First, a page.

Following up a similar warning from the International Monetary Fund (IMF) in November, the European Commission has stressed its concern to Latvia over the use of its banking sector by "non-residents" - a thinly veiled reference to suspected widespread money-laundering involving Russia and other former Soviet states.
In the second report since Latvia completed a €7.5bn bailout programme from the IMF and EU, released on January 16, the European Commission warned the Eurozone aspirant to guard against growing banking sector imbalances and to closely monitor the identity of non-resident account holders, reports AFP.
The use of Latvian banks to deposit money coming from from Russia and other Commonwealth of Independent States (CIS) nations has grown exponentially in recent times as crisis grips Cyprus, with the banks in this previously favourite offshore destination for CIS depositors in the frontline. Latvian regulator FKTK said in late 2012 that deposits by non-residents account for almost half the total in the banking system.
The offer of residency visas - translating as EU residency - to foreign investors in Latvian real estate has helped encourage further inflows from the CIS. No more than 37% of non-resident account holders come from other EU states, and of that figure, more than one in five comes from Cyprus.
At the same time, bne has reported several times on the longer-term role of Latvian banking networks as middlemen in shady deals, often concerning large public procurement deals in former-Soviet states. Meanwhile, regulators have been criticized over their inaction ahead of the collapse in November 2011 of Latvia's fifth biggest bank Krajbanka due to the misappropriation of assets by Russian owner Vladimir Anotonov.
"The Commission invites the authorities to follow closely what kind of financial flows are attracted, where they are invested, [and] what are the activities of non-resident banks in the domestic market," a statement said. "The business, legal and regulatory environment in CIS (Commonwealth of Independent States) countries is often weak and investments/loans in these countries call for caution."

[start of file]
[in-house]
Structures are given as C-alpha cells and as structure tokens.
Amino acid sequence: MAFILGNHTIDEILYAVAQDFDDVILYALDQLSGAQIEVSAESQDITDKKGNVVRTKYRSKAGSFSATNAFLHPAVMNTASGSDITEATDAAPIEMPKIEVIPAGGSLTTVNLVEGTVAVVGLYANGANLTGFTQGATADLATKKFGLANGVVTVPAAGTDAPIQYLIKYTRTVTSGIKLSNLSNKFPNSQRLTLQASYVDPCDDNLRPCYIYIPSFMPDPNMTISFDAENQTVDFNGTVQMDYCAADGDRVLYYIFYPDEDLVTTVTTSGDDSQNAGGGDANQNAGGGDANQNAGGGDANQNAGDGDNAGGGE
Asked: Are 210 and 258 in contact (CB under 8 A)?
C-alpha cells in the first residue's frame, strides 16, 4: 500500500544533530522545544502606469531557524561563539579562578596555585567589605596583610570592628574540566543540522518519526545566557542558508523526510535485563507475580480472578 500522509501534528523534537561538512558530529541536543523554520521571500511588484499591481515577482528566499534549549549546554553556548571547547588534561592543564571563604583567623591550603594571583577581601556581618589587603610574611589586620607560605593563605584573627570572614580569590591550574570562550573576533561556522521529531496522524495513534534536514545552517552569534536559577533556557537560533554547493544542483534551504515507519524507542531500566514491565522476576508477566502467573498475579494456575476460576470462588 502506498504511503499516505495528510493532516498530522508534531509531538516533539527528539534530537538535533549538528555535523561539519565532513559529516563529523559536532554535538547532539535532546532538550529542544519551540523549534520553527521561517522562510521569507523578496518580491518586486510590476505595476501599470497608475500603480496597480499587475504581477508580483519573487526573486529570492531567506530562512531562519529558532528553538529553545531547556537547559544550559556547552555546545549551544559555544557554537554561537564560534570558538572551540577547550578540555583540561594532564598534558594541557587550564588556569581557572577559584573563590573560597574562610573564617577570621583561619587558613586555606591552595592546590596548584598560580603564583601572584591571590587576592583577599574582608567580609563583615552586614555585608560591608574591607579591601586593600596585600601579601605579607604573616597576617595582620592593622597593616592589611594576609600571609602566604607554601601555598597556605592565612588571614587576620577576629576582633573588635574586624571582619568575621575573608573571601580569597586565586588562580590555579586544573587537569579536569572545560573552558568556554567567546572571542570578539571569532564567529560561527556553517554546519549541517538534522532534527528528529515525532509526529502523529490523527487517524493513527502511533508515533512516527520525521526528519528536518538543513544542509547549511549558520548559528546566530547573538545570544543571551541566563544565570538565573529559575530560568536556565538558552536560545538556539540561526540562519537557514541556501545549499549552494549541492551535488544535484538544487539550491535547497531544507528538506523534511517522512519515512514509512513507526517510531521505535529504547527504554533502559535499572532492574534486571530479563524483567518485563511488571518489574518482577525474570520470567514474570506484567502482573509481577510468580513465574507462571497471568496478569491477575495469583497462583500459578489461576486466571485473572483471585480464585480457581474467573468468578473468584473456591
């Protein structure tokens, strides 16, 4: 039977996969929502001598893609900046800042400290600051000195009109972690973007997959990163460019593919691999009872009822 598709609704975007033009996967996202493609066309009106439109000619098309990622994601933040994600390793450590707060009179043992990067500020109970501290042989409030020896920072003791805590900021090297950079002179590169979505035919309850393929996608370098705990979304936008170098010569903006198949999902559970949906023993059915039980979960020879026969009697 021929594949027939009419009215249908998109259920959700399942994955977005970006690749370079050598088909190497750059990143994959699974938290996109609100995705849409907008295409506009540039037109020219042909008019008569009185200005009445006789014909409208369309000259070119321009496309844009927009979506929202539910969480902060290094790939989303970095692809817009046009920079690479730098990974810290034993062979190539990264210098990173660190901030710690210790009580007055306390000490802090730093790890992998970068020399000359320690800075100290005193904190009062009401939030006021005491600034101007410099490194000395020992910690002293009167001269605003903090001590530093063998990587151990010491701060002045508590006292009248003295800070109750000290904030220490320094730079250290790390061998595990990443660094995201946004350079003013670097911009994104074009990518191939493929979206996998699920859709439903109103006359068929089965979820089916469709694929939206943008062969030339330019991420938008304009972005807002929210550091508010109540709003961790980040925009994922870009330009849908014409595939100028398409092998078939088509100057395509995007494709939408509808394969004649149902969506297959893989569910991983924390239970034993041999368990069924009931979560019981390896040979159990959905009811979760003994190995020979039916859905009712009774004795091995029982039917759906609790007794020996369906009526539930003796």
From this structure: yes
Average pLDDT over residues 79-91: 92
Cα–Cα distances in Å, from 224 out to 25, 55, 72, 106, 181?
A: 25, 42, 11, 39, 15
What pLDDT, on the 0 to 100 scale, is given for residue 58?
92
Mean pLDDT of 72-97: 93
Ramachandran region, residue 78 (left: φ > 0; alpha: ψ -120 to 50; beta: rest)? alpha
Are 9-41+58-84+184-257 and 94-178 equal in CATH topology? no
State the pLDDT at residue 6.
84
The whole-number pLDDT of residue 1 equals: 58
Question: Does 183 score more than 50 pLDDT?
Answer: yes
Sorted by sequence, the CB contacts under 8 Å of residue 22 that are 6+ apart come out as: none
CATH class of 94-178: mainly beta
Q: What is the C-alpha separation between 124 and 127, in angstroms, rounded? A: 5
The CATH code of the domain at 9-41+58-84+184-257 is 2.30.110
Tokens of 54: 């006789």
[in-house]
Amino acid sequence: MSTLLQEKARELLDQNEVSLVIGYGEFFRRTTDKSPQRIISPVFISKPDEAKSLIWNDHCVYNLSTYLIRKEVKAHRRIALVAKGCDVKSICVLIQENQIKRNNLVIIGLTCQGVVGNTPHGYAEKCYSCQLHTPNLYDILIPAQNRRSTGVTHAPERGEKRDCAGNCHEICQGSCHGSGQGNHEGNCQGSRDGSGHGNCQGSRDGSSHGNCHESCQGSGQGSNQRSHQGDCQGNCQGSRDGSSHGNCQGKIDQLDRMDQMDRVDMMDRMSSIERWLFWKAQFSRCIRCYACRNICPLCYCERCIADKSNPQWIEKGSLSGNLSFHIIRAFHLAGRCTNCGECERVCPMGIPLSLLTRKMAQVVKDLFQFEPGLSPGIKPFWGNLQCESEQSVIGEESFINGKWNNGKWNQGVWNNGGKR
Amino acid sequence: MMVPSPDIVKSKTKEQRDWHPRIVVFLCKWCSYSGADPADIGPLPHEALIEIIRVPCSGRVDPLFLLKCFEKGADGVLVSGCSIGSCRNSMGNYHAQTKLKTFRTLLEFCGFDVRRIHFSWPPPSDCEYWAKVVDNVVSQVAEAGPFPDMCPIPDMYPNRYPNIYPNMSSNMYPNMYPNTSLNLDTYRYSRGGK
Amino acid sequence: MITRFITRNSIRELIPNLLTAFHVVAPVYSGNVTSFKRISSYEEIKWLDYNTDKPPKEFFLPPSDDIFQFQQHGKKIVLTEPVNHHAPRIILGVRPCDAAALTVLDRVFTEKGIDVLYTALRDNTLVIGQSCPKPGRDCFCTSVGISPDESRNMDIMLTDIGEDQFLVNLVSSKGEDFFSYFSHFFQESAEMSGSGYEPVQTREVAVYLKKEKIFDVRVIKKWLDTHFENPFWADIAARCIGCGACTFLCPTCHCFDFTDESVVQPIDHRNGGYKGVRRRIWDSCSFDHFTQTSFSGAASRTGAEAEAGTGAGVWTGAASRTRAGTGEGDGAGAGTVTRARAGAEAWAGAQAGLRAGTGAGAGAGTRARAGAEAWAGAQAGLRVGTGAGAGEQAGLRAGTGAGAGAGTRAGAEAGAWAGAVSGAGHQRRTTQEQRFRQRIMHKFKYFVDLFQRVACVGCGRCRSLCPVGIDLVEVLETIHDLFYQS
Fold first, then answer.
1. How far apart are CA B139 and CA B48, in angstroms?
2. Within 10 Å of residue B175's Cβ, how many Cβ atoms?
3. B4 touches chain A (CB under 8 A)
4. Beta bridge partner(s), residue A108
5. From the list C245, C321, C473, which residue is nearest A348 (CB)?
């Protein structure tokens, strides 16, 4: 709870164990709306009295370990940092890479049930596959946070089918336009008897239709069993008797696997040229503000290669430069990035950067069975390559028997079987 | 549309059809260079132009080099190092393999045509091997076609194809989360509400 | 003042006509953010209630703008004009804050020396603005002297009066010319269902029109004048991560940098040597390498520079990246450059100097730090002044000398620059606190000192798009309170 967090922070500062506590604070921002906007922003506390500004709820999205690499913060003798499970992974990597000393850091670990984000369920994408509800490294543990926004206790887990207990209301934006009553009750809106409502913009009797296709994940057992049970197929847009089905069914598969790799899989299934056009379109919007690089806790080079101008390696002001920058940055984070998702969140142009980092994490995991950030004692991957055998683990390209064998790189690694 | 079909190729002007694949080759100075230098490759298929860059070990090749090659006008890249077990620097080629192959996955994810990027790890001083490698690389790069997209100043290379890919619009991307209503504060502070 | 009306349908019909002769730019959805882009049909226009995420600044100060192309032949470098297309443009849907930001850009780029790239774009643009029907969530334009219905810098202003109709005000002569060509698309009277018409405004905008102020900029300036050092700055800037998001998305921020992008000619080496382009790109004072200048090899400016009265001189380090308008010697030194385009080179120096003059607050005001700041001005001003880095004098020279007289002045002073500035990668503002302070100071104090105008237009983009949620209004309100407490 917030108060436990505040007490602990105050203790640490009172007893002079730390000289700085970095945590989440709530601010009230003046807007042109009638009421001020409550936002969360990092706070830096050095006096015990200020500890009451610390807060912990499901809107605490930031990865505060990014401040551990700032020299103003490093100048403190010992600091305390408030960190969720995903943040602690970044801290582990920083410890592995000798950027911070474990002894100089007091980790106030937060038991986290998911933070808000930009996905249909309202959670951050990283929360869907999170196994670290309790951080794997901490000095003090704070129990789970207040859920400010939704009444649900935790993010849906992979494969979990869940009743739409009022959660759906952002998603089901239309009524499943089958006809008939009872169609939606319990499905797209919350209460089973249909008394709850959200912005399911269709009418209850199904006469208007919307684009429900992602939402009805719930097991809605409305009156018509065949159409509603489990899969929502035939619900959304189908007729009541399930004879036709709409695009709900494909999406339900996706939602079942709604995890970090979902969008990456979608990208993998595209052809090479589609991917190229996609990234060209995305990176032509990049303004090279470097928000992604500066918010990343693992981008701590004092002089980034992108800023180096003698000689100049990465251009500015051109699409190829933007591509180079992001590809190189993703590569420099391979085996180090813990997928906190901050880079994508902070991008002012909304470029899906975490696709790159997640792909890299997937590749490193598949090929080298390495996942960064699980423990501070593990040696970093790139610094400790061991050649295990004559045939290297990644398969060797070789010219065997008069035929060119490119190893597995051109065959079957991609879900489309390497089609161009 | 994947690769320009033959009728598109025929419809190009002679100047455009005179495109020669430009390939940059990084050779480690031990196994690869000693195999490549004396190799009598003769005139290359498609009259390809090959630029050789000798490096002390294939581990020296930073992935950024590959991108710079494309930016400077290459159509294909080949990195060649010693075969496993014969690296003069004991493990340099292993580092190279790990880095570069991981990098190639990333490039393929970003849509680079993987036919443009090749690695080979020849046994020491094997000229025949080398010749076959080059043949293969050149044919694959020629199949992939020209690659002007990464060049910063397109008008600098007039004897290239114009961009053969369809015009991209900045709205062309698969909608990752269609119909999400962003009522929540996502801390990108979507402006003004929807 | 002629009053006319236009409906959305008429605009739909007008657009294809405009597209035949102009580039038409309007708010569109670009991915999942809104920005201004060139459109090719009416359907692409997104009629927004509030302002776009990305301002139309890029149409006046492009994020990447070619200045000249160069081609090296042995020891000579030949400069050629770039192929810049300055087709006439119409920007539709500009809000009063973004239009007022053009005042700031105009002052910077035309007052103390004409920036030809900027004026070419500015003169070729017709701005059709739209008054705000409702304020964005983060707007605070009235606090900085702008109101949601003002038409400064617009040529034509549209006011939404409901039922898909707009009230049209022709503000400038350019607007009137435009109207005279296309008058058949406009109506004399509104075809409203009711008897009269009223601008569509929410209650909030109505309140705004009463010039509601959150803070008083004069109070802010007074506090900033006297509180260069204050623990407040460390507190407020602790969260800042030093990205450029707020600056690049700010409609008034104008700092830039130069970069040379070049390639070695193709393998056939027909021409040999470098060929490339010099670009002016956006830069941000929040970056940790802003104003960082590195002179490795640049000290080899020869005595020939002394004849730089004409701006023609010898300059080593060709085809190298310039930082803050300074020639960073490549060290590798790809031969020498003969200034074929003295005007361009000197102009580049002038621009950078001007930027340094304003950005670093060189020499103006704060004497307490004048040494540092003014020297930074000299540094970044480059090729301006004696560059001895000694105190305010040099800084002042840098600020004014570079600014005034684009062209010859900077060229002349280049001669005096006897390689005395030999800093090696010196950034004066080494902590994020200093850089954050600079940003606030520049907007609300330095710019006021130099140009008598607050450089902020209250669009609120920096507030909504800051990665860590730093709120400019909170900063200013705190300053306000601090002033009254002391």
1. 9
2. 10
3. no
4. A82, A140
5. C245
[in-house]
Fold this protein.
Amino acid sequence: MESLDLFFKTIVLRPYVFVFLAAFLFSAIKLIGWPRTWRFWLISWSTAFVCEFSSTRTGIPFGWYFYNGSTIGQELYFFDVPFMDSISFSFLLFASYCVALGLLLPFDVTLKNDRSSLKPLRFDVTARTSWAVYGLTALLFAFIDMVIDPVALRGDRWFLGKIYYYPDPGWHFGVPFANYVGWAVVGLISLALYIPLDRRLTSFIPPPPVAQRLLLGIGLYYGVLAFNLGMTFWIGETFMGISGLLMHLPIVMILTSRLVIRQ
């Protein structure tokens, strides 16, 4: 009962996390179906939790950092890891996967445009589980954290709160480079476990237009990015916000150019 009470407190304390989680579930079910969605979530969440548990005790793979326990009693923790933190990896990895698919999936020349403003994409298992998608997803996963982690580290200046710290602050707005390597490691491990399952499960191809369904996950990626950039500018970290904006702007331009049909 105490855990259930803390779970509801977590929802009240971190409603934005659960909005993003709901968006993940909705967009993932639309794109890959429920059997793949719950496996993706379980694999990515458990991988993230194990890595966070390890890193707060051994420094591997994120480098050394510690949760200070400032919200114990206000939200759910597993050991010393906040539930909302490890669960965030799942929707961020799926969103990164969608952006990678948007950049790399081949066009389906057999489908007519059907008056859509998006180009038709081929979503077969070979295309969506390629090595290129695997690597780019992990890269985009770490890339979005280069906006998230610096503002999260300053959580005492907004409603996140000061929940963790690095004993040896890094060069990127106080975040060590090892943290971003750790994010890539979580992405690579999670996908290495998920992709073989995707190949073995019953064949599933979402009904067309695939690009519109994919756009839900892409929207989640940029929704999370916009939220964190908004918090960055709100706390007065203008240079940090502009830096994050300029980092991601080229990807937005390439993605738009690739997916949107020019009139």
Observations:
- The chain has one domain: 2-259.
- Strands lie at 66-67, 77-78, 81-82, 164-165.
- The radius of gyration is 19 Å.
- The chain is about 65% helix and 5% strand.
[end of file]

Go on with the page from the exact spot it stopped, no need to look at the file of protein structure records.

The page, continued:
The warnings echo the first post-programme report issued by the IMF in November. "The rather rapid increase of non-resident deposits in the banking system warrants vigilance," the Washington-based lender said after its officials visited the country. "The supervision of NRD (non-resident deposit) specialised banks should be sufficiently intensive and frequent given their relatively higher risks."
Brussels insists in the latest report that Latvia beef up funding and staffing for law enforcement and the judiciary to tackle "complex economic, financial, money laundering and tax evasion crimes." Two Latvian banks with large non-resident portfolios, Parex and Krajbanka, have run into trouble, and both ended up being bailed out by the taxpayer at huge expense. Large scale fraud that was undetected by Latvia's Financial and Capital Market Commission (FKTK) until it was too late is alleged in both cases.
Jason Corcoran in Moscow - Russian banks are disappearing at the fastest rate ever as the country's deepening recession makes it easier for the central bank to expose money laundering, dodgy lending ... more
bne IntelliNews - The Kremlin supported by national sports authorities has brushed aside "groundless" allegations of a mass doping scam involving Russian athletes after the World Anti-Doping Agency ... more
Jason Corcoran in Moscow - Revelations and mysticism may have been the stock-in-trade of Nikolai Tsvetkov’s management style, but ultimately they didn’t help him to hold on to his ... more